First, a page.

–The Rocks (tons of art museums, cafes and a lovely view of Darling Harbor)

–Bondi beach (right afterwards, it started pouring, so our timing was impeccable. They’re going through a drought right now though [have been for years apparently], so their showers literally only last a couple of minutes at best) at the harbor)

–These gorgeous cliffs near Vercluse (which is reminiscent of Beverly Hills, apparently).

Another thing I have noticed about Sydney is that life here requires a mindful and healthy lifestyle. I have never felt fatter in any other culture. Everyone is stick thin here and eats half the amount that I do, and worst of all, I feel like I’m eating way less than normal. In the same way, I love that the culture here is so driven by feeding your body only the best. I admire the Australian culture for its commitment to quality over quantity. While Australia is the 2nd fattest country in the world, I clearly don’t see any of that here in Sydney.

I’ve decided I don’t like big city life in general. One of my goals coming here to Sydney was to try to get a better idea for what kind of setting I envision myself growing old in. I’m definitely more of a smaller city gal. Big city life is expensive, wasteful and to be completely honest, it robs me of my right to be happy. I feel robotic and hopeless in the city when I’m alone.

Another thing you must do while in Sydney is try one of Harry’s famous meat pies! They are delicious! They serve the pie with some mashed potatoes and mashed peas with gravy on top! It was original and quite the charmer for those taste buds of mine. What totally surprised me was how filling they were. The pie itself was only about as big as a coaster, but (probably due to all of those carbs!) my hunger pangs were nothing but infatuated by it.

The third day, we started out at 8:00am and headed to the Sydney Olympic Stadium for a quick bit. We saw the outside of the Opening Ceremony stadium and drove through the grounds (which are still very well maintained). There were a ton of poles outside the Opening Ceremonies stadium with the names of every volunteer that helped out during the 2000 Olympics. It was super cool to find that there were two Ashmores among the thousands of volunteers! I knew my family was cool ;-D haha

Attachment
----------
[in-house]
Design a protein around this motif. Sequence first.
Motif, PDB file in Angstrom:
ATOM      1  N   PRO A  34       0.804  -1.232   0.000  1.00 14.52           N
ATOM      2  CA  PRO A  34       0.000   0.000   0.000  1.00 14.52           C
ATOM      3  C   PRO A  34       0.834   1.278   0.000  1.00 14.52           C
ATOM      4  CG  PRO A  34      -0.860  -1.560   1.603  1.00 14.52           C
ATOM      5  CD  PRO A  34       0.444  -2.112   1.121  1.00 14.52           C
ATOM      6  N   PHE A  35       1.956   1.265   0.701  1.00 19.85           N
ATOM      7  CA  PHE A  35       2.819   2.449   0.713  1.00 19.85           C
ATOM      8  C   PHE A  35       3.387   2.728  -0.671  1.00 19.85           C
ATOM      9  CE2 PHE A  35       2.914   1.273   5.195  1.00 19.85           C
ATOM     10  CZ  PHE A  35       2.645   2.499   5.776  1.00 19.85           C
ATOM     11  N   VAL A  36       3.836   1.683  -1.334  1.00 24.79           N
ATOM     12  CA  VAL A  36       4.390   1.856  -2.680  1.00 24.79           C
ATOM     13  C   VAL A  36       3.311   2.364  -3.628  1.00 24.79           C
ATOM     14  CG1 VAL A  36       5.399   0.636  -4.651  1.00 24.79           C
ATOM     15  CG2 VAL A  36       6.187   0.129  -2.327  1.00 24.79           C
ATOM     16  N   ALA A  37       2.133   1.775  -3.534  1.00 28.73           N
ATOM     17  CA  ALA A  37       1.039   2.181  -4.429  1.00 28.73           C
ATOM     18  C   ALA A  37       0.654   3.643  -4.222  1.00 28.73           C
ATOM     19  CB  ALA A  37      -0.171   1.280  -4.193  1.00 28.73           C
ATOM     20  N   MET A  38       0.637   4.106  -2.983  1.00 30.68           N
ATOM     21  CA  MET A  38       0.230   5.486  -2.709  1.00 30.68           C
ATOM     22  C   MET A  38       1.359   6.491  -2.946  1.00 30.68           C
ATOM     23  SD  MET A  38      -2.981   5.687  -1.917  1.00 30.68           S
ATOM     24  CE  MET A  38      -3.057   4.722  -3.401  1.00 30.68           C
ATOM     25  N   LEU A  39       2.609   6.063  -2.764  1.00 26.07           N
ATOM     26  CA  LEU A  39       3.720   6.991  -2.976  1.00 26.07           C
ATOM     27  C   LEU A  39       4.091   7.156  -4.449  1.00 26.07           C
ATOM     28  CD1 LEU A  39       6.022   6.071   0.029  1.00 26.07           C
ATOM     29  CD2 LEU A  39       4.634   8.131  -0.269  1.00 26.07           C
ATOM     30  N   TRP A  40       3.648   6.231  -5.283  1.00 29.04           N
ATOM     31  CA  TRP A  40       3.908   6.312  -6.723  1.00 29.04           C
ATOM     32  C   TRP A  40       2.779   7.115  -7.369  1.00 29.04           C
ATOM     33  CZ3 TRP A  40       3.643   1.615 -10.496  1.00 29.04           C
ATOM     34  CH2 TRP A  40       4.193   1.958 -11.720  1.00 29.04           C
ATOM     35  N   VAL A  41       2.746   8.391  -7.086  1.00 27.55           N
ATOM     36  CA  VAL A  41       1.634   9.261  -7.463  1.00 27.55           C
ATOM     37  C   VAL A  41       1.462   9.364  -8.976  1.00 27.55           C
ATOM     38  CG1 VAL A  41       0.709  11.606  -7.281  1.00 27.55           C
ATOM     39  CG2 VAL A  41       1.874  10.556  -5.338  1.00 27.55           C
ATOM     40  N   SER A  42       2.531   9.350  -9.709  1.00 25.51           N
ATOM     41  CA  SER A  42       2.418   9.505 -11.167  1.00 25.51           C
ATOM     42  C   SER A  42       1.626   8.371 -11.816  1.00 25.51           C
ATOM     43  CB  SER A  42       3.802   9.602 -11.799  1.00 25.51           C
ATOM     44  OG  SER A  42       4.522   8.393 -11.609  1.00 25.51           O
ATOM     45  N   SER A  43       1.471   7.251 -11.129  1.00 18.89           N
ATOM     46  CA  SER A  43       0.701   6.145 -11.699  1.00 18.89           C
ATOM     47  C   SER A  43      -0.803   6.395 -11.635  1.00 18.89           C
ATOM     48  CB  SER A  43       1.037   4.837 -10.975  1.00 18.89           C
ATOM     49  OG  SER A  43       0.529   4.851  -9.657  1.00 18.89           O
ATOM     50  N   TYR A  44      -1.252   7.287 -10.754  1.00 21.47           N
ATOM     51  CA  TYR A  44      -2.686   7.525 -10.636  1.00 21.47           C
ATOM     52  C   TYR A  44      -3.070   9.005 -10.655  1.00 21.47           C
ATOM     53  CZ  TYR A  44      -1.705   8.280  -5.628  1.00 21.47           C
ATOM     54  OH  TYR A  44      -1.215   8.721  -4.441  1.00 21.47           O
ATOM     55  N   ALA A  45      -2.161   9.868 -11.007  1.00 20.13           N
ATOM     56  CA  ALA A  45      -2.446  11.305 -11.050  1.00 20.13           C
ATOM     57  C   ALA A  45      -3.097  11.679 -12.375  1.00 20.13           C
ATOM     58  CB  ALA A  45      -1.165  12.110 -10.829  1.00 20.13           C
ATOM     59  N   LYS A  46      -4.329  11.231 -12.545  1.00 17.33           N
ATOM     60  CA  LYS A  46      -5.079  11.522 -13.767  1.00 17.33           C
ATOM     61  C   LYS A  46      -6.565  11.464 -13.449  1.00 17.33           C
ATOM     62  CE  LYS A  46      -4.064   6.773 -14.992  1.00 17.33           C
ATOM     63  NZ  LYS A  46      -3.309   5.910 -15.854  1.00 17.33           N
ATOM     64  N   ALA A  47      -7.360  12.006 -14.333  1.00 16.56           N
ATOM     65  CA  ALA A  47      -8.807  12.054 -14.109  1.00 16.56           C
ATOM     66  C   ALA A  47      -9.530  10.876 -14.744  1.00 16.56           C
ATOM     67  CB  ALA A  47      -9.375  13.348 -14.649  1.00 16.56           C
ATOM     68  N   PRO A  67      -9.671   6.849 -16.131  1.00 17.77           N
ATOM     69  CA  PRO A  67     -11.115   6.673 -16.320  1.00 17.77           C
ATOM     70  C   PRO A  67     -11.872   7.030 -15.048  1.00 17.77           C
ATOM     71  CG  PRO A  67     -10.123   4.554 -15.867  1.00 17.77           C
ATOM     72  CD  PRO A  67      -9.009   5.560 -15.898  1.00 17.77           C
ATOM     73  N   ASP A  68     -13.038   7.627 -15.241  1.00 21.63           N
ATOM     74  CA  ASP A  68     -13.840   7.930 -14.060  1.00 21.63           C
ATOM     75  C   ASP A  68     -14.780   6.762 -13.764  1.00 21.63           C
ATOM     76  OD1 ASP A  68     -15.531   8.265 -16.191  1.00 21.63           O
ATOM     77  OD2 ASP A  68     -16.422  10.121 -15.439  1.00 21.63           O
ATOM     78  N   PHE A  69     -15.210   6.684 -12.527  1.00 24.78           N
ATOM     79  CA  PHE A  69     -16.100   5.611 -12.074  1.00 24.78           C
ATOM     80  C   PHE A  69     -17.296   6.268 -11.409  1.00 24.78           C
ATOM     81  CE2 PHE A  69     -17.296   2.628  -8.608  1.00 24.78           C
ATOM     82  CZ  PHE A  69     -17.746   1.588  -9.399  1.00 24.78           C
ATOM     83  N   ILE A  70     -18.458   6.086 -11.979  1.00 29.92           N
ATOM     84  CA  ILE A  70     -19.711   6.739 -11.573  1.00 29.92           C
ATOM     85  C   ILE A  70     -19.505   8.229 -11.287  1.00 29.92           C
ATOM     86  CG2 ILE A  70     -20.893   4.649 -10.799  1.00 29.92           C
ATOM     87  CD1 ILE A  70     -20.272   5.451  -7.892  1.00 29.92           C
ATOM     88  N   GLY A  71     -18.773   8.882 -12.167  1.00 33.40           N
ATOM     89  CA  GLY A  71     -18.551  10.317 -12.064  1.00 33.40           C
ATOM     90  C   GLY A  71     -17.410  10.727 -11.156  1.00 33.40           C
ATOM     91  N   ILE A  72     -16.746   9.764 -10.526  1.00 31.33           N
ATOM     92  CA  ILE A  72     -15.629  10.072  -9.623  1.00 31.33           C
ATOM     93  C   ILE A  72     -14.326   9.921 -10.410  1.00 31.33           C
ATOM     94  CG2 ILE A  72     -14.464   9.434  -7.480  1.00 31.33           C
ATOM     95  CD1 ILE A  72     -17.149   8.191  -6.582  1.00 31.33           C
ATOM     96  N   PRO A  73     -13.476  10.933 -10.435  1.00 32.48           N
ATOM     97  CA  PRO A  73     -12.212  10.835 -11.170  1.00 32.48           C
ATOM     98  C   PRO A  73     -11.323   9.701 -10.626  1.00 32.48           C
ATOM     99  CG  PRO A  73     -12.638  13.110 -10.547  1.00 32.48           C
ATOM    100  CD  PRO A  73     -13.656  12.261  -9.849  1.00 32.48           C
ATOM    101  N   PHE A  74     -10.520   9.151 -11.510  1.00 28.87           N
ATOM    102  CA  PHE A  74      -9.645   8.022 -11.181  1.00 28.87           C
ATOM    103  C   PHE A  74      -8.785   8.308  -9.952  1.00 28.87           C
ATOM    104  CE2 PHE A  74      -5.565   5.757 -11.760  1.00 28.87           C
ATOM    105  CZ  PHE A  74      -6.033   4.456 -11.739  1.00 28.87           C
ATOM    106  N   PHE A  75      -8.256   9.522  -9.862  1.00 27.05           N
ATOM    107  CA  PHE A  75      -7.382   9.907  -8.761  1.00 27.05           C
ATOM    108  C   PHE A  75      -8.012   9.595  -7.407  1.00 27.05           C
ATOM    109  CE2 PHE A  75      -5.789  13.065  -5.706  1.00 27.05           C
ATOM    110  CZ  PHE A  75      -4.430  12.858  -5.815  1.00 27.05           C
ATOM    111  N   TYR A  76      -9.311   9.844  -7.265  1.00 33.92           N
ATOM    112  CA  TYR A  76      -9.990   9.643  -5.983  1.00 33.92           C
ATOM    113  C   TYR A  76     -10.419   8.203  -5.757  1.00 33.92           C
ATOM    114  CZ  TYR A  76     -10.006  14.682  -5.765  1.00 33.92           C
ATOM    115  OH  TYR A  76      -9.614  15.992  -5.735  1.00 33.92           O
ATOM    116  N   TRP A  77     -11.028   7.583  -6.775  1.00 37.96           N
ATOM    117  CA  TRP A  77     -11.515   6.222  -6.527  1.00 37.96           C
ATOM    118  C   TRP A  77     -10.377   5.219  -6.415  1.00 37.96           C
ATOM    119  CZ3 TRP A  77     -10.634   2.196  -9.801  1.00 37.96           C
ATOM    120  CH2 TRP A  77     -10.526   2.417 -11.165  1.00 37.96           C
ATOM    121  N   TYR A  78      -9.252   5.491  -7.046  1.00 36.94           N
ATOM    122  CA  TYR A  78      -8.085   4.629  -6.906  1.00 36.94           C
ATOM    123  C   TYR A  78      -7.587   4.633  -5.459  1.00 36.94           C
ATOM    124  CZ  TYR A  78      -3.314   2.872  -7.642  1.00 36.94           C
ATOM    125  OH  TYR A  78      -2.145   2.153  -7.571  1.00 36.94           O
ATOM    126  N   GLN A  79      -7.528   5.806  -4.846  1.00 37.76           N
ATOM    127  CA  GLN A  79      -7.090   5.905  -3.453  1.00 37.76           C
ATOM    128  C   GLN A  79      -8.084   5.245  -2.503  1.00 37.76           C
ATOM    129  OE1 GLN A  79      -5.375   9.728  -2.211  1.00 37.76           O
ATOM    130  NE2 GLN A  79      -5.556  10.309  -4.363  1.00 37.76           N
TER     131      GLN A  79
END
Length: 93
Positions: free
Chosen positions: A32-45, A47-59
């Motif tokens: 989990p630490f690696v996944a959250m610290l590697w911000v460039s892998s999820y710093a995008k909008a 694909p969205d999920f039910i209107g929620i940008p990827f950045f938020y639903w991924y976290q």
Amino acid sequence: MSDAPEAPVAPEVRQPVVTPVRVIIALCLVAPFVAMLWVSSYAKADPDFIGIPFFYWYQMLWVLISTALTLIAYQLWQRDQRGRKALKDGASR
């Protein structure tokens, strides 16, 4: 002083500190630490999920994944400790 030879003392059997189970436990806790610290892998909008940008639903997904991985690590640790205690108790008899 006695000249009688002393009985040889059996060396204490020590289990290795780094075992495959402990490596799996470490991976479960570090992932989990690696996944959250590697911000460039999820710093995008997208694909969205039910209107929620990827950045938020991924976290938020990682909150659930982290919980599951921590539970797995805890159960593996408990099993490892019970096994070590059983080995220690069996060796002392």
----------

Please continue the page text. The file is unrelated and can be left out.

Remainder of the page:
Afterwards, we headed to Featherdale Wildlife Park, where we got to interact with some of Australia’s native animals! I got to experience a koala and a kangy up close and personal! My favorite part hands down had to be when the emus went on this mad run around the rink, however. Several times I was sure they would run me over! They were hilarious and quite amazing! I adore emus J .

Next stop: the Blue Mountains. I have decided to rename the mountains (since they aren’t even technically mountains, according to geologists, who call them a plateau, and they aren’t really blue… silly refraction) the “Broccoli Mountains”, because DARN IT it looks like a bunch of broccoli (and I was hungry when inspiration hit haha J ). We had lunch in a small town called Leura. Their food is so expensive here: 10 bucks easy, 15 usually and 25 is also pretty normal. It’s insane. I went to a grocery store and got a deli sandwich for 5.50 insteadJ . I also don’t understand why meat is so expensive! A ham sandwich (with only 3 slices on it) was 6 bucks, but the chicken schnitzel sandwich with lettuce and mayo was 5.50, and a chicken schnitzel is a thick breaded chicken breast (two of them, actually). It makes no sense to me! But I’m not complaining: I totally got more protein for less. Yes, this was a nice high of my day haha.